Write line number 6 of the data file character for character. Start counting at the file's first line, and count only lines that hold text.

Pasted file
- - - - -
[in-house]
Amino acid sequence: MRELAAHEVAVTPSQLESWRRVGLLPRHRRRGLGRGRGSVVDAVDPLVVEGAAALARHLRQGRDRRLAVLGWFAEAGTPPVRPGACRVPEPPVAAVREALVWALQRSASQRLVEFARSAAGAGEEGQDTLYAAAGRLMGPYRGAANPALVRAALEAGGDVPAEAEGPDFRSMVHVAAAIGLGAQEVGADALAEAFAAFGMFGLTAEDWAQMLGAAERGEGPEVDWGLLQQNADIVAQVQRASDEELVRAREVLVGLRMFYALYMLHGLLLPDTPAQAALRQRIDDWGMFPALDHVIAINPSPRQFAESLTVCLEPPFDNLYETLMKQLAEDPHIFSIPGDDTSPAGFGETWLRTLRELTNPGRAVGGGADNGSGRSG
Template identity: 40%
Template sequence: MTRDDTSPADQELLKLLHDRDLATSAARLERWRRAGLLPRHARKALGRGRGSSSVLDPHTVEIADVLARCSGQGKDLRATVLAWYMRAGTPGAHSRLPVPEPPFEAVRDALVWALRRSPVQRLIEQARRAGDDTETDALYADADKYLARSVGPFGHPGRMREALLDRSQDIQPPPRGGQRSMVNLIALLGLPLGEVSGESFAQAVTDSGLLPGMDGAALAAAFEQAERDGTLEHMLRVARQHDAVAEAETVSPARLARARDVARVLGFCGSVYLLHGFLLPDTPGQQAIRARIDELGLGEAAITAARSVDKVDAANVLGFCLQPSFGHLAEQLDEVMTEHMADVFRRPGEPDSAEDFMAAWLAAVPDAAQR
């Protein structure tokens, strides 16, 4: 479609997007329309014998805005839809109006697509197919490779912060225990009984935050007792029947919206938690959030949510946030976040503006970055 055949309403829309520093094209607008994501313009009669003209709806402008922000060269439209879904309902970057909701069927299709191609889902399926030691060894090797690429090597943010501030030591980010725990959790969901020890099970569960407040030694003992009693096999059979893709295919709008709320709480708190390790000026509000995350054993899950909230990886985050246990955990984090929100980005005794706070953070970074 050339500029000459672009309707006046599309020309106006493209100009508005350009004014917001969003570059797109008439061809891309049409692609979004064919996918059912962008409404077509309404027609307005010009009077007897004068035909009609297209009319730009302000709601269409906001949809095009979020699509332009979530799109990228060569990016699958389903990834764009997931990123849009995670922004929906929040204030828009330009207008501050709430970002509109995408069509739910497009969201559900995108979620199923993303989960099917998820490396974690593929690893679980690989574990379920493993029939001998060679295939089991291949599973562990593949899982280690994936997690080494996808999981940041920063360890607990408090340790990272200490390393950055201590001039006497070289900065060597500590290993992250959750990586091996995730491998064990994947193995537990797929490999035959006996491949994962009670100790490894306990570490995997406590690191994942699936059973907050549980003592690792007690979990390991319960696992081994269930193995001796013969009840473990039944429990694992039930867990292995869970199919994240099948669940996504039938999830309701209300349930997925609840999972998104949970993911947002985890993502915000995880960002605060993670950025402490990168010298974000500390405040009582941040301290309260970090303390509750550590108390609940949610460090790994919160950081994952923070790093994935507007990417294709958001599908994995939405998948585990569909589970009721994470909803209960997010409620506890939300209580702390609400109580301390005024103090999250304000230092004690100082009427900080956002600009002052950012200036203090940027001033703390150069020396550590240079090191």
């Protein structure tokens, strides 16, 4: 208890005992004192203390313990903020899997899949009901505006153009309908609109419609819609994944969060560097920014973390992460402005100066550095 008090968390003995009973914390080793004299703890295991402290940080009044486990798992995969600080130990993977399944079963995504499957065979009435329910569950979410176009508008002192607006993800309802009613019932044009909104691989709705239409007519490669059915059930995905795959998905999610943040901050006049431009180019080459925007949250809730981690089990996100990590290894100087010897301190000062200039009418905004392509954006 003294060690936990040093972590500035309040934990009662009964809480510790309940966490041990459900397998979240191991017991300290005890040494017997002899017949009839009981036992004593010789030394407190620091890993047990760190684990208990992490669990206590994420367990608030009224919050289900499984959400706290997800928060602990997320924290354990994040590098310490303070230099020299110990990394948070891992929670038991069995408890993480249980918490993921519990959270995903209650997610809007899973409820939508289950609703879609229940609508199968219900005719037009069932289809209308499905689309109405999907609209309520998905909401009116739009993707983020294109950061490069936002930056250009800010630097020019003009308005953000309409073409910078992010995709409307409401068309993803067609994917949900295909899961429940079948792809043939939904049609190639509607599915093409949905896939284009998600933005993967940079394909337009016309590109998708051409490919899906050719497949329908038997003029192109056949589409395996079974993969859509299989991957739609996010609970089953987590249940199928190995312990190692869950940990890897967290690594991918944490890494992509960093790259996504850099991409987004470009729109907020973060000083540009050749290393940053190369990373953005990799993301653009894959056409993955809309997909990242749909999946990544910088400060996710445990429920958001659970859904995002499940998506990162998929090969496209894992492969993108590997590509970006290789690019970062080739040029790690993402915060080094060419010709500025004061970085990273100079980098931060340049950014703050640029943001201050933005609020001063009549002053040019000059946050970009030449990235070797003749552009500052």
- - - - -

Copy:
């Protein structure tokens, strides 16, 4: 208890005992004192203390313990903020899997899949009901505006153009309908609109419609819609994944969060560097920014973390992460402005100066550095 008090968390003995009973914390080793004299703890295991402290940080009044486990798992995969600080130990993977399944079963995504499957065979009435329910569950979410176009508008002192607006993800309802009613019932044009909104691989709705239409007519490669059915059930995905795959998905999610943040901050006049431009180019080459925007949250809730981690089990996100990590290894100087010897301190000062200039009418905004392509954006 003294060690936990040093972590500035309040934990009662009964809480510790309940966490041990459900397998979240191991017991300290005890040494017997002899017949009839009981036992004593010789030394407190620091890993047990760190684990208990992490669990206590994420367990608030009224919050289900499984959400706290997800928060602990997320924290354990994040590098310490303070230099020299110990990394948070891992929670038991069995408890993480249980918490993921519990959270995903209650997610809007899973409820939508289950609703879609229940609508199968219900005719037009069932289809209308499905689309109405999907609209309520998905909401009116739009993707983020294109950061490069936002930056250009800010630097020019003009308005953000309409073409910078992010995709409307409401068309993803067609994917949900295909899961429940079948792809043939939904049609190639509607599915093409949905896939284009998600933005993967940079394909337009016309590109998708051409490919899906050719497949329908038997003029192109056949589409395996079974993969859509299989991957739609996010609970089953987590249940199928190995312990190692869950940990890897967290690594991918944490890494992509960093790259996504850099991409987004470009729109907020973060000083540009050749290393940053190369990373953005990799993301653009894959056409993955809309997909990242749909999946990544910088400060996710445990429920958001659970859904995002499940998506990162998929090969496209894992492969993108590997590509970006290789690019970062080739040029790690993402915060080094060419010709500025004061970085990273100079980098931060340049950014703050640029943001201050933005609020001063009549002053040019000059946050970009030449990235070797003749552009500052």